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New Yorker Cartoon Exhibition



January 23 through May 24, 2009

Show Features Luminaries of the Craft and
Their Insightful Takes on Boom and Bust

** Press Preview: Thursday, January 22, 2009, 10 a.m. until noon **

New York, NY, November 17, 2008—Celebrating the art of the cartoonist, On the Money: Cartoons for The New Yorker features approximately eighty original drawings by some of The New Yorker's most talented and beloved artists who have tackled the theme of money and the many ways in which it defines us. Included in the show are drawings by such luminaries as Charles Barsotti, George Booth, Dana Fradon, Lee Lorenz, William Hamilton, and J. B. Handelsman. The exhibition is on view only at the Morgan from January 23 through May 24, 2009.

The works are drawn entirely from the collection of Melvin R. Seiden, a longtime supporter of the Morgan, who has assembled one of the largest and most representative private selections of this art form which spans the history of The New Yorker. The Seiden collection of New Yorker cartoons, numbering nearly 1,500 sheets, complements the Morgan's holdings in the history of satire and humor, which range from the Renaissance to the twentieth century. Following the great cartoonists of the eighteenth and nineteenth centuries—including James Gillray, H. K. Browne a.k.a. Phiz, and Honoré Daumier, in whose works the Morgan's collection is particularly rich—the artists represented in this exhibition continue the thread of chronicling contemporary attitudes.

Since 1925 The New Yorker magazine has served as the leading forum for American cartoonists to reflect and comment on the nation's social and cultural environment. Their work provides amusement and constitutes a mirror of social conventions that remain relevant. The drawings in On the Money include a selection of works from the magazine's early years as well as contributions from cartoonists working during the 1970s, 1980s, and 1990s, when financial issues were among the dominant themes of many cartoons. Subjects such as politics, sex, inheritance, and real estate demonstrate the impact of money on individual lives, while the shared experience of recessions and booms provides inspiration for broader treatments of the theme. Finding humor in money and the economy has been a mainstay of New Yorker artists, and the cartoons continue to engage viewers.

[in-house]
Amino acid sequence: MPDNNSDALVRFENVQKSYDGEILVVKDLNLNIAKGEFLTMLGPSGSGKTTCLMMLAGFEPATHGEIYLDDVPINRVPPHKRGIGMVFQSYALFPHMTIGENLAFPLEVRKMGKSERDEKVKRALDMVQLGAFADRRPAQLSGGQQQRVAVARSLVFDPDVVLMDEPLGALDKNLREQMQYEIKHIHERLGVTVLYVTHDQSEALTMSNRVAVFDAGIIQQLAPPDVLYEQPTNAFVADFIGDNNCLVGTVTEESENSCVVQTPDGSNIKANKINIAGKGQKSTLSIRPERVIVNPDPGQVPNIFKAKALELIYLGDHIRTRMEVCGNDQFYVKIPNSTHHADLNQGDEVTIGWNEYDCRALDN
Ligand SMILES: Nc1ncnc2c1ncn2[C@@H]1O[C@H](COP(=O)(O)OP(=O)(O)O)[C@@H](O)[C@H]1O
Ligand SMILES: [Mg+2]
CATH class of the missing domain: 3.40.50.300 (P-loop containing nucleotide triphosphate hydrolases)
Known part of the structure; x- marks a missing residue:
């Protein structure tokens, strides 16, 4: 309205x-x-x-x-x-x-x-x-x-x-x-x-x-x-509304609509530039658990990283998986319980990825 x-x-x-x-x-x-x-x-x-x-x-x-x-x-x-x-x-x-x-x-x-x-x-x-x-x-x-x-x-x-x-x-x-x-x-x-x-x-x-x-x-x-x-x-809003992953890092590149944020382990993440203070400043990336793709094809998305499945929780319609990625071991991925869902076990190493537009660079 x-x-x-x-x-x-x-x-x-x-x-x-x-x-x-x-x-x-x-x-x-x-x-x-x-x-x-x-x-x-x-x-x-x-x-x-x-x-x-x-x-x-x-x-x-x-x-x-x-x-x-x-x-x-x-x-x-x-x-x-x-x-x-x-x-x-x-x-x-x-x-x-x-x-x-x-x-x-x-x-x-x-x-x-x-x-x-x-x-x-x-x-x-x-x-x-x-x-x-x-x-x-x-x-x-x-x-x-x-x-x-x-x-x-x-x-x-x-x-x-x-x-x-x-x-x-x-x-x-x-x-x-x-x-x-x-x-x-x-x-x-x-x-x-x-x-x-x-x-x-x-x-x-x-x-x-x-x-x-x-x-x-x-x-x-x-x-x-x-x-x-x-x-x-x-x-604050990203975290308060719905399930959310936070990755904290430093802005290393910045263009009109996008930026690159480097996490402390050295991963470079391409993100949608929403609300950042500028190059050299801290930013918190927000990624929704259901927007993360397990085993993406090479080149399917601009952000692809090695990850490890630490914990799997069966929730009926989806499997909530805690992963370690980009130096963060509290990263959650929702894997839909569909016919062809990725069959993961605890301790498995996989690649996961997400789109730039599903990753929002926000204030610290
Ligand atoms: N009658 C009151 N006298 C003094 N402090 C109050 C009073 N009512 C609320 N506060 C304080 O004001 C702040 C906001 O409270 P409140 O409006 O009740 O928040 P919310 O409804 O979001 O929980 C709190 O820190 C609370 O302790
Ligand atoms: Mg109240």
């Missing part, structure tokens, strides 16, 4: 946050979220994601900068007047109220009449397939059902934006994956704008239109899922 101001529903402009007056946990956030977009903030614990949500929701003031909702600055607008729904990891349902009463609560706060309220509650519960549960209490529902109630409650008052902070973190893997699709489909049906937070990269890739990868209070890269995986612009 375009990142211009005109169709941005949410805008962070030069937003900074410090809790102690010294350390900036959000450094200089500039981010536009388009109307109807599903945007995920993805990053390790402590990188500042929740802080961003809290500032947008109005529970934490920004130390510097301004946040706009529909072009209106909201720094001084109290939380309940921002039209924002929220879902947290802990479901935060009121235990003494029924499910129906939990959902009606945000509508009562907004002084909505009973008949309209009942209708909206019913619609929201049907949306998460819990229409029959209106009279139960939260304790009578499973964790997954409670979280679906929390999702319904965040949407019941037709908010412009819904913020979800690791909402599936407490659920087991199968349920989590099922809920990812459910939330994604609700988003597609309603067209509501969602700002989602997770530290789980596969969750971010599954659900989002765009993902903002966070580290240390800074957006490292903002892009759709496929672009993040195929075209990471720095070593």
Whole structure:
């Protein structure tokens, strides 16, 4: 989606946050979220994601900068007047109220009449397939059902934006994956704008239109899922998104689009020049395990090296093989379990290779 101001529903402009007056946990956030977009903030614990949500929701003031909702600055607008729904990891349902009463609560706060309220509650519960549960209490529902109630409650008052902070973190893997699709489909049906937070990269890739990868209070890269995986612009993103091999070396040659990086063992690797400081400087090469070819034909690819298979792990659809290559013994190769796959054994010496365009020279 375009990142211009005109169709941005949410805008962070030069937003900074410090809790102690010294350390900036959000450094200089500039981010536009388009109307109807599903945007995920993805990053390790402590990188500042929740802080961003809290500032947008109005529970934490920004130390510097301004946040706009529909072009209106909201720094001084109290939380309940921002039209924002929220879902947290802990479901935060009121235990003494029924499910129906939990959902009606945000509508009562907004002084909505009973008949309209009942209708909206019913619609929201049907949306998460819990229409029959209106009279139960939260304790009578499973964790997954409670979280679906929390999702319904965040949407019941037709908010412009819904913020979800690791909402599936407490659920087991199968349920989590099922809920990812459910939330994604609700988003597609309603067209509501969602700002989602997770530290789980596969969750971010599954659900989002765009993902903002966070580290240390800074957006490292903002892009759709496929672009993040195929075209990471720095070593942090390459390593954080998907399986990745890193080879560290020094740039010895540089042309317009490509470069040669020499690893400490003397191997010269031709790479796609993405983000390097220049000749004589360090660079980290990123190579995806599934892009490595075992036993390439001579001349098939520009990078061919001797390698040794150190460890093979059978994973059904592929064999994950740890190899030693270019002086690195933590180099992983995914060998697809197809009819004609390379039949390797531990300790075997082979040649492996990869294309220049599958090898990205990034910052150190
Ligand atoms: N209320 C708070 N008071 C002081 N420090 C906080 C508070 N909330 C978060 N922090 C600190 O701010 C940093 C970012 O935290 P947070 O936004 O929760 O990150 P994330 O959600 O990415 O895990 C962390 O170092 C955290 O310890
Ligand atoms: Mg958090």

The artistry of the works reveals the eloquent and efficient draftsmanship essential to a successful cartoon as well as the artists' process of creating and revising an incisive, humorous vignette. The exhibition also delineates the critical role of the cartoon editor, whose work is essential to the reader's enjoyment. A selection of cartoons that were improved by editorial recommendations is accompanied by equally amusing correspondence between editor and artist about achieving the perfect union between word and image. Also featured in the exhibition are photographic portraits by Anne Hall of many of the artists behind the cartoons.

"The Morgan is deeply grateful to Mel Seiden for allowing us to share with the public the original drawings for these wonderful cartoons," said William M. Griswold, Director of The Morgan Library & Museum. "New Yorker cartoonists have always been able to make us smile, even during some of our most turbulent economic, political, and social times. It is both enlightening and entertaining to see that fundamental themes such as money have been addressed by these visual satirists with keen insight and fresh perspective."